Legal Departments Get Aggressive In Pursuing Recoveries

If you're looking for a quick way to repair the legal department's image as a cost center, try depositing $170 million into company coffers in less than a year. That's what Tom Sager, vice president and assistant general counsel of DuPont Legal at E. I. du Pont de Nemours and Co., has done in 2005.

But that money didn't just fall into his lap. The company's lawyers pursued it bit by bit as part of a plan Sager started at the end of 2003 to transform the legal department from a cost center to a legitimate contributor to the bottom line. Sager engineered this transformation by setting goals for achieving recoveries ($100 million for 2004; $116 million for 2005) and then systematically pursuing actions against suppliers that were engaged in price fixing, companies that infringed on DuPont's intellectual property and business partners that failed to come through on their ends of contracts.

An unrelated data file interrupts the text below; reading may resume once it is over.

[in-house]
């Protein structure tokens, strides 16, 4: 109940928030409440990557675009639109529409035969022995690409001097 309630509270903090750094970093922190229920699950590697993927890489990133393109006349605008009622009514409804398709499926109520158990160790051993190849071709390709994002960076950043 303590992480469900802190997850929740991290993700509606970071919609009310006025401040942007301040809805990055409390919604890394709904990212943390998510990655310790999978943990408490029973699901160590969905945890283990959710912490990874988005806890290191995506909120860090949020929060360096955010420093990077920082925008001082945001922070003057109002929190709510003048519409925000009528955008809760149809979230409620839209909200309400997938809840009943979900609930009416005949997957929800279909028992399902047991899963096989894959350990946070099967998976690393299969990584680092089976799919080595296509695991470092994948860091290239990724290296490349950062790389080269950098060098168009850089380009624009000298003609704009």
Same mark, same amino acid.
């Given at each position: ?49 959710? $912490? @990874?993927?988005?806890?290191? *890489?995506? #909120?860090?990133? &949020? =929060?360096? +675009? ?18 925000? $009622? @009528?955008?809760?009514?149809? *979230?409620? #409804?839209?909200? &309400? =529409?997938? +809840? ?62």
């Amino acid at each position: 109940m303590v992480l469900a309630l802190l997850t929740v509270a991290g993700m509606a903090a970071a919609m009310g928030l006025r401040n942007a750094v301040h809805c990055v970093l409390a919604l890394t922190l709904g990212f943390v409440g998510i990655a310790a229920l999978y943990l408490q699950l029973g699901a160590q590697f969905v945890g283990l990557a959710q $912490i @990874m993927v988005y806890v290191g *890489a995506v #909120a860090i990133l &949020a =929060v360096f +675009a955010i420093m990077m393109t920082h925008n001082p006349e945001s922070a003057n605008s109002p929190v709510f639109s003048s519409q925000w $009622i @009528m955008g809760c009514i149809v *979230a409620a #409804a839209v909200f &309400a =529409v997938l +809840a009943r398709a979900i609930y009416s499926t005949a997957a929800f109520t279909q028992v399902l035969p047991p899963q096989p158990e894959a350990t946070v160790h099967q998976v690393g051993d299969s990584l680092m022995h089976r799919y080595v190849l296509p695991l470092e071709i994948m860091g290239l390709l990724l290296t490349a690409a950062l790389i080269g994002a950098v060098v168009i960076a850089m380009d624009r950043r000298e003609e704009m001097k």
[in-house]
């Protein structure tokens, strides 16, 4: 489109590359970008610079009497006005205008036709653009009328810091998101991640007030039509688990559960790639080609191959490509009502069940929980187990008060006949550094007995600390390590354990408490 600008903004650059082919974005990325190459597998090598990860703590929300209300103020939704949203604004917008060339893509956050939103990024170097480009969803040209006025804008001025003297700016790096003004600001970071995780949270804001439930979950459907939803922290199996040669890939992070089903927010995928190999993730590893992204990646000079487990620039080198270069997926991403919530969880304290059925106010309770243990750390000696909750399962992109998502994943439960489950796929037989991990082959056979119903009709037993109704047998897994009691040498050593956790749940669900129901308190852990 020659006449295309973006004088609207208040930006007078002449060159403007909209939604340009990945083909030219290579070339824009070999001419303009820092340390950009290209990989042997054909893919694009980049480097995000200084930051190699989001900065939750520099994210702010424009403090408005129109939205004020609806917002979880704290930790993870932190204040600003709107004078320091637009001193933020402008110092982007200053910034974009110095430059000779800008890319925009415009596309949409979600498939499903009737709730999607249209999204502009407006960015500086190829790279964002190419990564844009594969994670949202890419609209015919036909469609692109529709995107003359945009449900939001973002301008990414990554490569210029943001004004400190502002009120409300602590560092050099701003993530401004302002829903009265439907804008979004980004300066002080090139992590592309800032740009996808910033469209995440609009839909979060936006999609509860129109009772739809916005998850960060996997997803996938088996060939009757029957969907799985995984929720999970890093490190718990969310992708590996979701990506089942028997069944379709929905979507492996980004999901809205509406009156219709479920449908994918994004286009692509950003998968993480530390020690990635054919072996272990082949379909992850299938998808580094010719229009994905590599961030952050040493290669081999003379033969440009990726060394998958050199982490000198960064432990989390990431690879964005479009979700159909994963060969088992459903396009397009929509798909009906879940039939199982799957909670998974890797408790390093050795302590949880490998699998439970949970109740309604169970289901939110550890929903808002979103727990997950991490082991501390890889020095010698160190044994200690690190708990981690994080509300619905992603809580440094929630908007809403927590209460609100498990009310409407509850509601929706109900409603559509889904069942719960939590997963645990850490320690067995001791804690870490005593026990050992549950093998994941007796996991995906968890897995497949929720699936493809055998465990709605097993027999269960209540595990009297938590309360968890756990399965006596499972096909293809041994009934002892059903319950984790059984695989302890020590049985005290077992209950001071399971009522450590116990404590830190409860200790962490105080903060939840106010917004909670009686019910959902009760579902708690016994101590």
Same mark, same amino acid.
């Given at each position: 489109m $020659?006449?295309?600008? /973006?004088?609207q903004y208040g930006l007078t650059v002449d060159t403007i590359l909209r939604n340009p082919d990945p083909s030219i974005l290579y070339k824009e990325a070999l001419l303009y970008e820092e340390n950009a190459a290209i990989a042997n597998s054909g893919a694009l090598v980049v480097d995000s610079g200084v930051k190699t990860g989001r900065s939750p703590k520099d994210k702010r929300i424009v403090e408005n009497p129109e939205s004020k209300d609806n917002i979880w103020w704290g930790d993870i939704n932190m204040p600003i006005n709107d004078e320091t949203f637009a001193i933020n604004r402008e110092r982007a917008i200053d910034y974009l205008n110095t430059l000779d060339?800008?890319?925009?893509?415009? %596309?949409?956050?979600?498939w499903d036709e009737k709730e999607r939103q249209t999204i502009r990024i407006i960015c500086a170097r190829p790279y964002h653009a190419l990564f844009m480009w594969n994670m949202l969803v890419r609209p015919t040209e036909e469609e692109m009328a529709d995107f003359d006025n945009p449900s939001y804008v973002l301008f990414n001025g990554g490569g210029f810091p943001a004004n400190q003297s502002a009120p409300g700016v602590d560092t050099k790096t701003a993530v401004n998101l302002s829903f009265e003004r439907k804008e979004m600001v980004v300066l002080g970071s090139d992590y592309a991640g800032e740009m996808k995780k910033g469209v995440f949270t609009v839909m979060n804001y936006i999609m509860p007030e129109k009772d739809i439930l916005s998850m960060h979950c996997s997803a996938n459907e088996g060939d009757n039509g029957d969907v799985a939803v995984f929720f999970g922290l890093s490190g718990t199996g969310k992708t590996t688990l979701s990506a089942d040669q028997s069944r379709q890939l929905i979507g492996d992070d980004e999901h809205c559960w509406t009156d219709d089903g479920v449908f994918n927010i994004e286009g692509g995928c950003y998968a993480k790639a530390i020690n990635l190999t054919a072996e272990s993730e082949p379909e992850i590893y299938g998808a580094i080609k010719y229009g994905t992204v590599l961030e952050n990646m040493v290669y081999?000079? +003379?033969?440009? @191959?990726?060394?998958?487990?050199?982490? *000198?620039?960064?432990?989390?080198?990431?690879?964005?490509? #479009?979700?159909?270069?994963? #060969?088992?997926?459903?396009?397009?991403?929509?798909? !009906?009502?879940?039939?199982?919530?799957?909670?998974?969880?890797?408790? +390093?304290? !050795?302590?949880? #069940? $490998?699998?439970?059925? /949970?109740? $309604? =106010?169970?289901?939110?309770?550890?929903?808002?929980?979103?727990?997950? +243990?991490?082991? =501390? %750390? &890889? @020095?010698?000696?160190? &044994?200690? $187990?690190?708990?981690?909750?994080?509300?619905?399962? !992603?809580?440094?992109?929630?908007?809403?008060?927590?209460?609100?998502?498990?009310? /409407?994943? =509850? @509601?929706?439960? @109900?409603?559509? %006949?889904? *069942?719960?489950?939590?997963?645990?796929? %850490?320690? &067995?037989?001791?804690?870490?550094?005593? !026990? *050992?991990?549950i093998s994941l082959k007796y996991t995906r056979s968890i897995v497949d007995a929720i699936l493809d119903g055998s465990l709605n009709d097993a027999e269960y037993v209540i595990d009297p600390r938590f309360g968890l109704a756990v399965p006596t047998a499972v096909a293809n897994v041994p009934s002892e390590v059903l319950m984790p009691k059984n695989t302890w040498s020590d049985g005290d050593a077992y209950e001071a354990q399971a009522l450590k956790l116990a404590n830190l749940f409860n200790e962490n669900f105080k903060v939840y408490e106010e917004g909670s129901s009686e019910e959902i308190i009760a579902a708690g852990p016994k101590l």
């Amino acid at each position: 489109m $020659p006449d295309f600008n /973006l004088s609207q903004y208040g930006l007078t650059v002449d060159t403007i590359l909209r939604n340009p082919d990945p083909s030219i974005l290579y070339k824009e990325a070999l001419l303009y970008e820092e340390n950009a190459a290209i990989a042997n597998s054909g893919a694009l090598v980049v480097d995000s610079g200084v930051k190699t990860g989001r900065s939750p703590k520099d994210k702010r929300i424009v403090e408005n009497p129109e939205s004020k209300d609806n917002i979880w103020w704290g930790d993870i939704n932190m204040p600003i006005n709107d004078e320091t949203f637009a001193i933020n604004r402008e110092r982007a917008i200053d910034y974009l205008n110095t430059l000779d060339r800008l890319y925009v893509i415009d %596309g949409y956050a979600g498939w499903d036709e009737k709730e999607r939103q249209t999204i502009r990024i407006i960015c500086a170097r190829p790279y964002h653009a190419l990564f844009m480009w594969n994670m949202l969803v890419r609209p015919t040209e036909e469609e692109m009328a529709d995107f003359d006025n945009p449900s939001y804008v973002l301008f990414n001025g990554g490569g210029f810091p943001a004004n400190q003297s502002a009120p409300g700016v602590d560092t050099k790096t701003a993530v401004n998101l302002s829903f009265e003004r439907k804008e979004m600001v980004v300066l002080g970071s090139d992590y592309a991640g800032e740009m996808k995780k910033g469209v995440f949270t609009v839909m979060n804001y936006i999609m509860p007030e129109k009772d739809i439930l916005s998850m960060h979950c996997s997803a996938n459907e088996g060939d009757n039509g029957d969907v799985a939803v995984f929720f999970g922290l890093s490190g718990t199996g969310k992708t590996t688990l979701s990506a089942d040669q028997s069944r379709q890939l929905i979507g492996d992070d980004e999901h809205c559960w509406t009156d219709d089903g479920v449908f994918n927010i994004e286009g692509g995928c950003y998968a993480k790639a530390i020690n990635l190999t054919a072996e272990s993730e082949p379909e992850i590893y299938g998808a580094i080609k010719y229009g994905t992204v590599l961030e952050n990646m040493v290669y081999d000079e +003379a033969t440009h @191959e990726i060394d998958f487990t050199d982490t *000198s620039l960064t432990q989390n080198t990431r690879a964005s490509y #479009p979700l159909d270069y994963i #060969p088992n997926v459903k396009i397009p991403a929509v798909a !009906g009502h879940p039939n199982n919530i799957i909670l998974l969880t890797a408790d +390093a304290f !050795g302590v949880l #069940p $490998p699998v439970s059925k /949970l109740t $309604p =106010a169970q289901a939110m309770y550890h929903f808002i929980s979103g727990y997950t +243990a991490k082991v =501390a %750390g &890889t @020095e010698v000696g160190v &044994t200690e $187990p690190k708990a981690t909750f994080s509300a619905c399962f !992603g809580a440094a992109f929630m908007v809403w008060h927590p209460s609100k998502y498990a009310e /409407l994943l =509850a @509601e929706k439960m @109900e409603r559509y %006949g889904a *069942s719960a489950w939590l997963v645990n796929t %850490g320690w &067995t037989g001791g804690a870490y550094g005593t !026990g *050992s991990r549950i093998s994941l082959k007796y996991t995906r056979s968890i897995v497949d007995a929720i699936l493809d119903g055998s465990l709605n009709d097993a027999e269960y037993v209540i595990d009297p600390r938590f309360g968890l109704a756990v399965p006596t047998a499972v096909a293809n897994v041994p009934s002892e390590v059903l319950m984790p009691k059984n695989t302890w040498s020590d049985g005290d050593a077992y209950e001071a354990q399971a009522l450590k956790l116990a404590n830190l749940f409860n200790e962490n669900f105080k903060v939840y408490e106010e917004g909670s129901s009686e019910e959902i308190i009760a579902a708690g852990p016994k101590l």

"If you can clearly show the suppliers that there are significant damages, they become eager to pursue a resolution," Gardiner says. "When a government agency has already made findings that collusion occurred and we provide an analysis of our damages, most companies realize they have to do something about it."

In addition to choosing cases that have relatively straightforward proof, GCs must engage in careful risk-reward analysis before deciding whether to pursue an action.

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However, getting businesspeople to recognize the value of implementing a strategic plan to seek recoveries can initially present a roadblock. There remains a stigma on the word "plaintiff," and no company wants to invest money into something that might not generate any returns.

staff Writer

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